With repairs and restoration on the neck and body complete – it’s time to begin the re-build. Most of the original components will be replaced, but some will be swapped out as upgrades, or as new replacements for worn parts. The neck has been fret-levelled, and has new tuners to replace the old, worn, rattling originals. The body has been repaired at the neck joint, cleaned and polished over, and shielded internally with copper foil. A new six-saddle Nashville bridge will be fitted, with a new scratchplate scribed to fit flush with the original chrome control plate. The neck plate will be replaced with a thicker, more rigid, repurposed example, and shimmed to protect the stabilised neck repairs.
In theory – this should fly together. The new components are virtually all straight-swaps, although the scratchplate will need some careful scribing to fit. The scratchplate is a Fender replica, but it’s from a supplier I’ve used before, and I know the holes will all be well located, so that it should fit straight on, with just a couple of minor modifications. The body cavities are fully lined out with copper foil. This thing should just bolt together…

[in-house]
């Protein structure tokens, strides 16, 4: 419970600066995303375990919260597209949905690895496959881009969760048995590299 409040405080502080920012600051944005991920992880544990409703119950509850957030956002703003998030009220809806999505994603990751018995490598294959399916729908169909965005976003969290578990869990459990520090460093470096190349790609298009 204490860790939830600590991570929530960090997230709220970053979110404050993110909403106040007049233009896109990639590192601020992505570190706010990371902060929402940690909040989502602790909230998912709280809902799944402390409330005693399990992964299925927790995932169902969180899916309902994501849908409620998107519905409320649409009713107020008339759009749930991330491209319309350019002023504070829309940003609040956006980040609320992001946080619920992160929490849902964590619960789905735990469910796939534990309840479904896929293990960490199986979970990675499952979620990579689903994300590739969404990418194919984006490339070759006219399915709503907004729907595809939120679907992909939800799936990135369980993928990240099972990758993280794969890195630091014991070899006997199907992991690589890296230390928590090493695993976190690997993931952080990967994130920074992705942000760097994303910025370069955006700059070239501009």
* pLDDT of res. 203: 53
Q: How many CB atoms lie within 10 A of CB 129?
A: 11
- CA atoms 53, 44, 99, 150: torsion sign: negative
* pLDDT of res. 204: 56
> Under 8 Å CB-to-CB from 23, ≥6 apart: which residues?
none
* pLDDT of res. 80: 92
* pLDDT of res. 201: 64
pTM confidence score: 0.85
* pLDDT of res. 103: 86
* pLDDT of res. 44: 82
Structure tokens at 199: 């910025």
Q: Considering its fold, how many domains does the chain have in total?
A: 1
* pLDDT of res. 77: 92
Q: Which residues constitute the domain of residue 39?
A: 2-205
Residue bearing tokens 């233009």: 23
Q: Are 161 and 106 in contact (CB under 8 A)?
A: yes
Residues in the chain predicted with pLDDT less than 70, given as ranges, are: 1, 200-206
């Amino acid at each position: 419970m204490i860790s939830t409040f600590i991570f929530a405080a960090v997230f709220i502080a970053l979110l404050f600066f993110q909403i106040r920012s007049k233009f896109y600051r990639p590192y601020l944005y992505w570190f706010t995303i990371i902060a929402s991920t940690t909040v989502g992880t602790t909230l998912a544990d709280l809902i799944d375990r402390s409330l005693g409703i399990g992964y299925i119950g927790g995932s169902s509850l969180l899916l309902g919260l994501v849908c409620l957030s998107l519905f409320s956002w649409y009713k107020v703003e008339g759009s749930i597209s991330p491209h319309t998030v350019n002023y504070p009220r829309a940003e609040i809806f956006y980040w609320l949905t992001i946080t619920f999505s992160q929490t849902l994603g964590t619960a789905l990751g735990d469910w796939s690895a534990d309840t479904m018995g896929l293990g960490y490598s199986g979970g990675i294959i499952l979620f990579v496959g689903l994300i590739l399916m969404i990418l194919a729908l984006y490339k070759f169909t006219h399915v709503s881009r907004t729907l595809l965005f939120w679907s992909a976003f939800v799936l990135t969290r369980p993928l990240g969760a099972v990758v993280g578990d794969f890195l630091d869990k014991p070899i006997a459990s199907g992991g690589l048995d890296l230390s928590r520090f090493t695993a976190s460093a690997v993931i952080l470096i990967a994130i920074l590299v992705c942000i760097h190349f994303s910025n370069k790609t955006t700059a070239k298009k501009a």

First – and perhaps most important – I can fit the neck, and test the repairs for level and stability. The original neck plate was only 1.5mm thick, and had deformed badly – damaging the body and the finish. I have a repurposed chrome plate which is 2.0mm thick, and am using it with a HOSCO plastic shim. The plate should be much more resistant to deformation, and the shim will provide further protection for the restored finish. The original bolts seem a little bit too “easy” to screw back into the neck. It’s possible that overtightening them has slightly enlarged the threads, and as the bolts will be backed out slightly from their original positions – I want to make sure there is enough “bite” for them to hold sufficiently. Idealy – without having to fill and redrill. A new set of chrome bolts from another generic neck plate, measure out as being slightly larger than the originals. I pack the bottom 2.0cm of each of the neck holes with strips of glued matchstick, and then attach the neck – driving the bolts into the original threads, with the additional “tooth” at the bottom. As the bolts are torqued up gently and evenly, the shim is checked for position. It fits precisely around the metal plate, with a slight, riased lip. Working diagonally across the plate, a little at a time, all four bolts are torqued so that the neck is held firmly – but without too much pressure. The joint is firm, and the neck and body seem to resonate together when tapped. There seems to be good, wood to wood contact all the way around the joint. There’s no sign of deflection on any of the four corners of the plate, and the repairs are completely hidden by the new plate and shim. That’s a distinct improvement.